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FCW : April 15, 2016
14 April 15, 2016 FCW.COM When presented with 100 of anything, it’s natural to look for patterns. What are the big trends among this year’s winners? Are up-and-comers clustered in particular corners of government? How do the defense winners stack up against those at civilian agencies? What about industry versus feds? For those who are so inclined, those questions (and more) can be parsed in the profiles that follow. Federal activity in shared services produced a heavy concentration of overachievers. Cybersecurity was once again central, and there were important success stories amid all the breach coverage. There were more winners from the intelligence community than in years past — though whether that’s because of increased innovation or a grow- ing transparency about great work that’s long been done is something of an open question. An unusually large number of winners have switched jobs since making their mark in 2015. That list could go on and on. But the more time we spent learning about this year’s winners — and that’s hundreds upon hundreds of hours in all — it became increasingly clear that big-picture patterns are beside the point. This is a celebration of great work by 100 individuals, and each winner’s story stands on its own. Federal IT, after all, is driven by people far more than it depends on any particular technology. And government would not function without the women and men featured on the pages that follow. So as we charge forward in an especially turbulent year — with a presidential transition looming, politics surging and high-tech disruption accelerating at a daunting rate — having great individuals in key positions is more important than ever. The best way to make sense of the Federal 100 is one winner at a time. In 2016 and beyond, we’ll be grateful to have each and every one of them. — THE EDITORS 0415fcw_014.indd 14 3/22/16 2:46 PM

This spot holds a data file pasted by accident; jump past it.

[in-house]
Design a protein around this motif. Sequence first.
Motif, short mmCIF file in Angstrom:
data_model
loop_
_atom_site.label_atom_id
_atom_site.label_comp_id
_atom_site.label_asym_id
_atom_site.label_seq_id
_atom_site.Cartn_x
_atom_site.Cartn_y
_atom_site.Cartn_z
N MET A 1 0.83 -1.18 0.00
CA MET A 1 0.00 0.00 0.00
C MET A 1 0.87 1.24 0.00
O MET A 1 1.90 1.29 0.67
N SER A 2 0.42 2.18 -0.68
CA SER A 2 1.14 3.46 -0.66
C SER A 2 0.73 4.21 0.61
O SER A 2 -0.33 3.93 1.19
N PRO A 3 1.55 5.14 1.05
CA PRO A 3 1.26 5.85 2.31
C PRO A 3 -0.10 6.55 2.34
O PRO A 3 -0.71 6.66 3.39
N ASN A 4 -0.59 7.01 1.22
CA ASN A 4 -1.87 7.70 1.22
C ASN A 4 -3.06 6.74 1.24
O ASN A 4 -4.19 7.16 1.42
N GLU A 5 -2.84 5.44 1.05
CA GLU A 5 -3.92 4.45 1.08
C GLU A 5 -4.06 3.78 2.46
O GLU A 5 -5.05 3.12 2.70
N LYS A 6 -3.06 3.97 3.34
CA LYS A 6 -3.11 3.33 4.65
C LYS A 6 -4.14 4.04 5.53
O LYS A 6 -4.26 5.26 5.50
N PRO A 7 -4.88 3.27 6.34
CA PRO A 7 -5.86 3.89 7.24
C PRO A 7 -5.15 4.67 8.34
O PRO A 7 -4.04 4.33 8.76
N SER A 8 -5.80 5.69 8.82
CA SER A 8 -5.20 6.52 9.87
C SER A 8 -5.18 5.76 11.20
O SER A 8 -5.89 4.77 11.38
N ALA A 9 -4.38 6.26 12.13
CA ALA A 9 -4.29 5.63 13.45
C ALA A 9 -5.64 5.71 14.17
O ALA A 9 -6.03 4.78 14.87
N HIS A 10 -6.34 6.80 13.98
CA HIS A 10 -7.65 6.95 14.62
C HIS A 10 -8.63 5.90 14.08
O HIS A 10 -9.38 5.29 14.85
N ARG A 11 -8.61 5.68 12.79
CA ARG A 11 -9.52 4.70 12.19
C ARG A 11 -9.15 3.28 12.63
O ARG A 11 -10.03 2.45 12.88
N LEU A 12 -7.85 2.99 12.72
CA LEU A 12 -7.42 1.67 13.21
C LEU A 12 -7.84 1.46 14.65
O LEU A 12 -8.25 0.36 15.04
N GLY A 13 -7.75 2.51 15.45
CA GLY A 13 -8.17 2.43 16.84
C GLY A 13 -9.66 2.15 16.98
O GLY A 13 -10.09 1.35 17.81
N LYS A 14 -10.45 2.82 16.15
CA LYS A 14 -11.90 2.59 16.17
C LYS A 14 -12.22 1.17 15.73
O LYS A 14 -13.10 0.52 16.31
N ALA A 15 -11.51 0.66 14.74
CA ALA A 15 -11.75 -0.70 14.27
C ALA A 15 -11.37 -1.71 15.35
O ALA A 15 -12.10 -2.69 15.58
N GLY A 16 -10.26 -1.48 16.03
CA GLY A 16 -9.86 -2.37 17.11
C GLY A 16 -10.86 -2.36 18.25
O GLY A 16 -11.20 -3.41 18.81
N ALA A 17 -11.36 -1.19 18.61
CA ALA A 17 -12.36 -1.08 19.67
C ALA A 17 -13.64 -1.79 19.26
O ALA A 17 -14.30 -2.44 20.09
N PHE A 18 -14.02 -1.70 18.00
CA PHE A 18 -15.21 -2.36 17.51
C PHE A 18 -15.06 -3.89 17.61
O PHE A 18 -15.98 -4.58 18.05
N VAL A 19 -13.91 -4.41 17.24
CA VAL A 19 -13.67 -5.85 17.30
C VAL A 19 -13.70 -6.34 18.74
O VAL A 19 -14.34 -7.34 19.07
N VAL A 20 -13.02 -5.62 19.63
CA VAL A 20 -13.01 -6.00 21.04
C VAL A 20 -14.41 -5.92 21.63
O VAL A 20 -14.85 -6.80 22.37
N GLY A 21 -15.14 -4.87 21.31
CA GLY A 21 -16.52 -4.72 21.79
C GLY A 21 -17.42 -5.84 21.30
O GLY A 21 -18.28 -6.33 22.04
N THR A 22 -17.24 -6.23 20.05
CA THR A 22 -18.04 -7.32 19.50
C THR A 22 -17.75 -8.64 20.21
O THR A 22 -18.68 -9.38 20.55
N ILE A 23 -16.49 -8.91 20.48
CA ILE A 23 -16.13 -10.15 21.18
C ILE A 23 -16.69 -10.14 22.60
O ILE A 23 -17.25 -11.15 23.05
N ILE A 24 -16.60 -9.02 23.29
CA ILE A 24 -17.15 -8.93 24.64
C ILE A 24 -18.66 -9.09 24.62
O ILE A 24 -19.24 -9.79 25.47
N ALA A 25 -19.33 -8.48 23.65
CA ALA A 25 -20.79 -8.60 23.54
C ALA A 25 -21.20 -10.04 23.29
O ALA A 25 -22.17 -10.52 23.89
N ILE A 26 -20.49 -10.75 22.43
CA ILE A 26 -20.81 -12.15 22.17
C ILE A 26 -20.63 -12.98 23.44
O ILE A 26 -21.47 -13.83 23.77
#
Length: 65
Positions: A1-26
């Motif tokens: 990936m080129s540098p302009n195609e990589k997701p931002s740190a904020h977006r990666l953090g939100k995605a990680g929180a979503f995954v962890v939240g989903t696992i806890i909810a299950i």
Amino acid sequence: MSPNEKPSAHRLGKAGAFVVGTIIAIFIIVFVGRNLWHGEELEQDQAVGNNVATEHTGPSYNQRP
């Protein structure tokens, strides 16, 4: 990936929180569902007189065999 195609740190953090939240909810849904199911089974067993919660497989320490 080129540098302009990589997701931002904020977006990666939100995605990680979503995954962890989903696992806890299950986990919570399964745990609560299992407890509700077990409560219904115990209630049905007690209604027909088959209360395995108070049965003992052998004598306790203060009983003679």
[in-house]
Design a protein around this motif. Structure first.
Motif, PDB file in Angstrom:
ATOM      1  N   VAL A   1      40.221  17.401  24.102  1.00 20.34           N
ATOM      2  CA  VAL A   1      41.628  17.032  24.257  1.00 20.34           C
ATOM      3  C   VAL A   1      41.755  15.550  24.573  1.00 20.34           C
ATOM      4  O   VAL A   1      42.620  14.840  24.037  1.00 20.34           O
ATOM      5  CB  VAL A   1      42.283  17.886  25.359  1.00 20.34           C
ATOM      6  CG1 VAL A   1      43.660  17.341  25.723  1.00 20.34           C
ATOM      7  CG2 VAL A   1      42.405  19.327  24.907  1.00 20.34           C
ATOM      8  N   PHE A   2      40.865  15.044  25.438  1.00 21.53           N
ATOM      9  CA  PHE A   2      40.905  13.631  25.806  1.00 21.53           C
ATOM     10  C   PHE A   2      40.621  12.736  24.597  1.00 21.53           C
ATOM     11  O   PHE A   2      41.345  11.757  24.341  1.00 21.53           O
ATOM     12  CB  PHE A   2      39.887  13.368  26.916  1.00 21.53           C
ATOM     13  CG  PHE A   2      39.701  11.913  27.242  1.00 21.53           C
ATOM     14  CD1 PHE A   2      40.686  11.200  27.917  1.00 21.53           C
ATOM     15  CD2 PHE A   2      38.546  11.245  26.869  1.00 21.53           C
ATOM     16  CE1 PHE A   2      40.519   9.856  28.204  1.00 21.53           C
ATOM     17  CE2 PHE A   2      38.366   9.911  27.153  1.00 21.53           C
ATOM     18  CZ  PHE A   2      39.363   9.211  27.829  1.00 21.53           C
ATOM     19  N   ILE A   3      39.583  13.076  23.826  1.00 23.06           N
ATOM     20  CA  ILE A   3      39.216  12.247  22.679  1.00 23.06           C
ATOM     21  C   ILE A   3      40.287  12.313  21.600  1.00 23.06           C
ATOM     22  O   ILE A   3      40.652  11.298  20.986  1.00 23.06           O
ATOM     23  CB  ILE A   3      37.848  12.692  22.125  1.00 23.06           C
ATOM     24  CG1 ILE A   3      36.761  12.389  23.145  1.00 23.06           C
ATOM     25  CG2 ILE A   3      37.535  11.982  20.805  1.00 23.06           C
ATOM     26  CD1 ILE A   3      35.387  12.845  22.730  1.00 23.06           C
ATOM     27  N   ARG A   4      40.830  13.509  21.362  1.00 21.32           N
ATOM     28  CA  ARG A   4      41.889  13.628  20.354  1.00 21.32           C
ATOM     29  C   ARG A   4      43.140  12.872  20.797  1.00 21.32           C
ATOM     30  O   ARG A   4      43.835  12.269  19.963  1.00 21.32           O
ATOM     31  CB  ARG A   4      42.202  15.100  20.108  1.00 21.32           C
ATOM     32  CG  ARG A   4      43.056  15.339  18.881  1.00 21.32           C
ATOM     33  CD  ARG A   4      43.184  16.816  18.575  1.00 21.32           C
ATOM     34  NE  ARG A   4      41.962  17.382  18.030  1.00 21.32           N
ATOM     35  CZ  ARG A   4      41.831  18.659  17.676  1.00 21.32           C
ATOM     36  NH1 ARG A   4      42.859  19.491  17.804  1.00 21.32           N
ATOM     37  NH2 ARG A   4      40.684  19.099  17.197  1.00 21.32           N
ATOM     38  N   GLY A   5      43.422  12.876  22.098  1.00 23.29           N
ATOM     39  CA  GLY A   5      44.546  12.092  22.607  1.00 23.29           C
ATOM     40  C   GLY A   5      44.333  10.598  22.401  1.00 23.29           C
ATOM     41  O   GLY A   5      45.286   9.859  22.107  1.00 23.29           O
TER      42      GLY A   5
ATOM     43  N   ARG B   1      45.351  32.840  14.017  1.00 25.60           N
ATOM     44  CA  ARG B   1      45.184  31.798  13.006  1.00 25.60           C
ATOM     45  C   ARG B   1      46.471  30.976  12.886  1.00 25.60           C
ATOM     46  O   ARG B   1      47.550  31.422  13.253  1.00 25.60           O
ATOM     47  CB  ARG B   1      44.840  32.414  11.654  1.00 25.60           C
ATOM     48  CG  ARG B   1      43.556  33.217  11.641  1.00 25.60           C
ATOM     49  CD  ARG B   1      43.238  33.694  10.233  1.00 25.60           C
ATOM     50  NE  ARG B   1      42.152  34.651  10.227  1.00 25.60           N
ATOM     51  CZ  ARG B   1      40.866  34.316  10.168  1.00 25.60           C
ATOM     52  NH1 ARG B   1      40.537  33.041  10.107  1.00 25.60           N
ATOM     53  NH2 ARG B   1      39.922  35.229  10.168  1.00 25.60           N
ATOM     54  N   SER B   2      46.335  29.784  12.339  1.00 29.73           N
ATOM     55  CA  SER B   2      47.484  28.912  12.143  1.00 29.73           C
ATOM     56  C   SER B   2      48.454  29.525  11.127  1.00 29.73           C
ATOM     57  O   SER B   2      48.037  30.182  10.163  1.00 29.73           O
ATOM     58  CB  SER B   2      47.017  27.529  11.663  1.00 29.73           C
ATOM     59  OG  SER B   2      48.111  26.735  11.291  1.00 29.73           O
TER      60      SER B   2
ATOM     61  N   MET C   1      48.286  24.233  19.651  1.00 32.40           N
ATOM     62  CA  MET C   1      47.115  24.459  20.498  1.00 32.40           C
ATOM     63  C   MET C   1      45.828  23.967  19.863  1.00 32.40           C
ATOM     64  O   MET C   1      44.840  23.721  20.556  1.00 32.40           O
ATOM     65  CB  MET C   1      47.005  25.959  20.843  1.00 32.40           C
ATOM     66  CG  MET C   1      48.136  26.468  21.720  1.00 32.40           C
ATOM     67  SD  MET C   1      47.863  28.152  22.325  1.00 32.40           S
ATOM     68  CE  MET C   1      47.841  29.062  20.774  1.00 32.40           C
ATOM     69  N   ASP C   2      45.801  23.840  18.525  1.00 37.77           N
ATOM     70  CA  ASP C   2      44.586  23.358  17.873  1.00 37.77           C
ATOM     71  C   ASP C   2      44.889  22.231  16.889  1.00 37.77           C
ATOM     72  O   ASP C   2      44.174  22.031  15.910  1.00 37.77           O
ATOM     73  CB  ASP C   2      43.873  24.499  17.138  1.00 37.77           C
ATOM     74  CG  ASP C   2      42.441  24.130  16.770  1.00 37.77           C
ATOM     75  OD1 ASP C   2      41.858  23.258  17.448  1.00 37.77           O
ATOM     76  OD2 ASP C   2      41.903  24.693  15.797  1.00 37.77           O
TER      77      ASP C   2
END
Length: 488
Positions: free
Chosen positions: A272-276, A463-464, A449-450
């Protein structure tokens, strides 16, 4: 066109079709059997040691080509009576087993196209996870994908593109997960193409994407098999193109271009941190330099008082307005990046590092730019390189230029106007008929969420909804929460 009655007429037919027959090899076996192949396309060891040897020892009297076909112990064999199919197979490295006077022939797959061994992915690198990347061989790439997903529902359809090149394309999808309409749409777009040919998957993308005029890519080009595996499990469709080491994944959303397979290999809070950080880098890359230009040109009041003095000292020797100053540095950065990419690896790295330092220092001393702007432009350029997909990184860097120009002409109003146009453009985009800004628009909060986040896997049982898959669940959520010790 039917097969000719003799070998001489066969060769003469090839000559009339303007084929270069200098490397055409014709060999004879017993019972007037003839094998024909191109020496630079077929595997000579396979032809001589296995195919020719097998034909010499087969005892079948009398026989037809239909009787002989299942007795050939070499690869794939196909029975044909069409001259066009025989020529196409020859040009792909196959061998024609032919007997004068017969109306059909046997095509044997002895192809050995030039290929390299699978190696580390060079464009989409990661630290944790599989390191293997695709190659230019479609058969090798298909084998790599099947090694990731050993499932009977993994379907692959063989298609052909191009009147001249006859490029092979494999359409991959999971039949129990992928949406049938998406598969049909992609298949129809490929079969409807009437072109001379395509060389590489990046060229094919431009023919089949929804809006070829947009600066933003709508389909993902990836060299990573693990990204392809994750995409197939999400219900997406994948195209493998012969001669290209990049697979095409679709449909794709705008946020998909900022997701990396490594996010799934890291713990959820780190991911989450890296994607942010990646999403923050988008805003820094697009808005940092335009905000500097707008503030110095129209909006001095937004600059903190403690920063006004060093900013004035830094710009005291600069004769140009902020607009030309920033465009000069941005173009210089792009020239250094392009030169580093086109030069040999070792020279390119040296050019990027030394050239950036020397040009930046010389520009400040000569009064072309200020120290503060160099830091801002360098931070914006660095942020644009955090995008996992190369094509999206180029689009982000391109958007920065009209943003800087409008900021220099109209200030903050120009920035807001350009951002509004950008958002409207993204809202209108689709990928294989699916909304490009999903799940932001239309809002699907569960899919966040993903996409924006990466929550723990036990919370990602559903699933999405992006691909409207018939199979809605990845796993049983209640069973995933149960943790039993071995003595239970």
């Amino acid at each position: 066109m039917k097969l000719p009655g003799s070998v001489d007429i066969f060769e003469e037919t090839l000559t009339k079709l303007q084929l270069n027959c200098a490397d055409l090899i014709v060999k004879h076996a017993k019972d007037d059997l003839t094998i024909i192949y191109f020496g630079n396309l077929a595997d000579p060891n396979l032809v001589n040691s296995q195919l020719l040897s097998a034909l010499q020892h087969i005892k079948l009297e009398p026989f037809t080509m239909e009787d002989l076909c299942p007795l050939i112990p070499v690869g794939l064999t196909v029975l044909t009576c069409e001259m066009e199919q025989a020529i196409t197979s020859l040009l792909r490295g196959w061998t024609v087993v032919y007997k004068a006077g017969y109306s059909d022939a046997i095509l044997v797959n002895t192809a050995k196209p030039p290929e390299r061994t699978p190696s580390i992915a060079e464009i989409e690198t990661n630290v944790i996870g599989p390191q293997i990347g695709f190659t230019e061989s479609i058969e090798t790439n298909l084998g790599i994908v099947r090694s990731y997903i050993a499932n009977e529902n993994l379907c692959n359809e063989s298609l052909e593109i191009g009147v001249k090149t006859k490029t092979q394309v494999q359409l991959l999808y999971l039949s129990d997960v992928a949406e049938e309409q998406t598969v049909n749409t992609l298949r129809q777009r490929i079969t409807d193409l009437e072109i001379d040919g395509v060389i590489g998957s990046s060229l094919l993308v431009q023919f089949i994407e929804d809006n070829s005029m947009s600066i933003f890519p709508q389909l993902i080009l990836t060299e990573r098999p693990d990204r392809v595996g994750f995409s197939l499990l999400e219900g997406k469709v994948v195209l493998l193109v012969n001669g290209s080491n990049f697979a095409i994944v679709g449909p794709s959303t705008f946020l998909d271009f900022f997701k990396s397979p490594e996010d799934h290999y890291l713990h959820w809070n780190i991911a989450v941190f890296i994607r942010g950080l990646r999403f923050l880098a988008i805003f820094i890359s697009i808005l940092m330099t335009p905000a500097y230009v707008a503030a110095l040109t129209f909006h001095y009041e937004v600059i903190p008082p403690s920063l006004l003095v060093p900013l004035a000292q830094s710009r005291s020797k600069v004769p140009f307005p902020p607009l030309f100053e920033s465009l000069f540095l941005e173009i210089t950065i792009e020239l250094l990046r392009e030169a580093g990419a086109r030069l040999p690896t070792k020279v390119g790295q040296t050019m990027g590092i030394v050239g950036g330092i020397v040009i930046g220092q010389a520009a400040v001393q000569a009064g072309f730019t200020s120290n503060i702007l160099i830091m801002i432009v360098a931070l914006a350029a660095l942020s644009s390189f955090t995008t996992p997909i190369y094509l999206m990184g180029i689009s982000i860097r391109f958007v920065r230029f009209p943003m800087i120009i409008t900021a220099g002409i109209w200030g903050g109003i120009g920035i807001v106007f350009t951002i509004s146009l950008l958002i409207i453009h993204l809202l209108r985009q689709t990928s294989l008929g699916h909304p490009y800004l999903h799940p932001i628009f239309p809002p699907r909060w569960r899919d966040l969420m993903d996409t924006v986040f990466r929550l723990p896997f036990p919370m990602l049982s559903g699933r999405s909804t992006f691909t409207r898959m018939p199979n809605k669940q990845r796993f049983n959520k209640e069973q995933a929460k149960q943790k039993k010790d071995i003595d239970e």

March 30, 2016
April 30, 2016